The transformation witnessed on Cruvinel’s farm is part of a broader trend sweeping across Brazil. Farmers across the nation are increasingly turning to biopesticides – natural alternatives to chemical pesticides – to bolster crop health and yields. This pivot is driven by the unveiling of innovative biopesticide products, such as FMC’s Onsuva, a fungicide designed to combat major soybean and cotton diseases, and Premio Star, an insecticide effective against a wide array of pests. The introduction of these products, showcased at the Show Rural 2024, marks a significant milestone in Brazil’s journey towards sustainable agriculture. Furthermore, the release of Presence Full, a biological nematocide, and Provilar, a biocide harboring bacillus endospores, underscores the agricultural sector’s commitment to reducing chemical use and enhancing crop safety.

Challenges and Opportunities Ahead

Despite the promising strides made by pioneers like Cruvinel, biopesticides remain in their infancy in Brazil, accounting for just 9% of total pesticide sales. This nascent stage is partly due to the country’s heavy reliance on chemical pesticides, fueled by its status as the world’s top consumer. The recent softening of regulations on agricultural chemicals by Brazilian legislation, met with criticism from environmentalists, further complicates the landscape. Additionally, the controversy surrounding Brazil’s pesticide use has international ramifications, with opponents of the EU-Mercosur trade deal citing concerns over the nation’s pesticide consumption. These challenges highlight the delicate balance Brazil must navigate between agricultural advancement and environmental stewardship.

Experts Weigh In: The Path to Global Adoption

The journey of biopesticides from niche to mainstream is fraught with hurdles, yet experts remain optimistic about their global potential. AgriBusiness Global’s recent interviews with industry players shed light on the critical factors for widespread adoption. Key among these is the demonstration of biopesticides’ efficacy in boosting yields and reducing reliance on chemical alternatives, as evidenced by Cruvinel’s success. Furthermore, the development and marketing of innovative products like Onsuva and Premio Star play a pivotal role in persuading farmers to make the switch. For biopesticides to take root globally, the agricultural sector must embrace these natural solutions, proving that sustainability and productivity can coexist.

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The narrative unfolding in Brazil’s vast fields is more than a tale of agricultural innovation; it is a testament to the power of sustainable practices in shaping the future of farming. As biopesticides begin to find their footing, bolstered by the success stories of farmers like Cruvinel and the pioneering spirit of companies like FMC, the vision of a greener, more productive agriculture becomes increasingly tangible. Yet, the path forward is not without its obstacles, requiring a concerted effort from all stakeholders to overcome regulatory, environmental, and market challenges. Brazil’s journey with biopesticides not only illuminates the potential for a seismic shift in global agriculture but also serves as a call to action for nations worldwide to consider the legacy they wish to leave on the planet’s agricultural landscape.



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Australia and New Zealand: GMO bananas for Panama disease control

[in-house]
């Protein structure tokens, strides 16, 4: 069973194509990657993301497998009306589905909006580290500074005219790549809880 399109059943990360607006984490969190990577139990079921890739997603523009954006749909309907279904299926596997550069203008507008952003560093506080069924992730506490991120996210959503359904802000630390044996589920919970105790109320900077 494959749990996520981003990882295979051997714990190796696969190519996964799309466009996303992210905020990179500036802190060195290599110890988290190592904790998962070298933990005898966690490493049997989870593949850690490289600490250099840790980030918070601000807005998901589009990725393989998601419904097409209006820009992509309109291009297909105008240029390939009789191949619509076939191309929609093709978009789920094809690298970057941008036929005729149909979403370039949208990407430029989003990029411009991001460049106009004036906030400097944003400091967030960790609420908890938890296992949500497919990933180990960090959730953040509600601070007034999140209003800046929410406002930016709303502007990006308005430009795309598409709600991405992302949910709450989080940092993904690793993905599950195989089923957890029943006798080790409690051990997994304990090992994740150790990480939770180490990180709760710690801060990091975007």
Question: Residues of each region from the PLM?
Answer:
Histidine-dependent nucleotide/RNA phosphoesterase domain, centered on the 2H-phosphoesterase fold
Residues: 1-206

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Australia and New Zealand: GMO bananas for Panama disease control

Gerhard Uys

February 22, 2024

First genetically modified banana approved for growth in Australia and possible sale in NZ.

The GM banana plants contain an introduced gene from wild banana Musa acuminata subspecies malaccensis

Reading Time: 2 minutes

Food Standards Australia New Zealand has approved a genetically modified banana for sale as food in Australia and New Zealand. 

The announcement comes as the Australian Department of Health and Aged Care said a licence was granted to allow the Australian Queensland University of Technology (QUT) to commercially cultivate GM banana plants modified for resistance to the fungal disease Fusarium wilt, also known as Panama disease.

In Australia, Panama disease affects a number of banana plantations in the Northern Territory and Queensland.

The Panama disease fungus persists in soil for decades and there are no effective control measures, the department said. 

“The licence allows GM banana plants [to be] grown in all banana growing areas in Australia, subject to restrictions in some states and territories for marketing reasons,” the department said.

The QUT does not intend the GM banana plants to replace the current Cavendish banana cultivars growing in Australia, but wanted to create a safety net to the Australian banana industry should it be heavily impacted by Panama disease.

“The Regulator has not imposed any specific measures to manage risk, as the risk assessment concluded that this release of GM banana plants poses negligible risk to the health and safety of people or the environment,” the department said.

The GM banana plants and their products may enter general commerce, including use in human food and animal feed, the department said.

The GM banana plants contain an introduced gene from wild banana Musa acuminata subspecies  malaccensis.  

In NZ, the Ministry for Primary Industries reported that over the past five years NZ imported 99.8 tonnes of bananas from Australia, with an import value of  $550,422, the majority dried bananas.

A spokesperson for Woolworths NZ said it does not import bananas from Australia, and that the several thousand tonnes of bananas it does import are under certifications that prohibited GMOs.

Food Standards Australia New Zealand (FSANZ) did not respond to specific questions but pointed to its website that had information on the approval.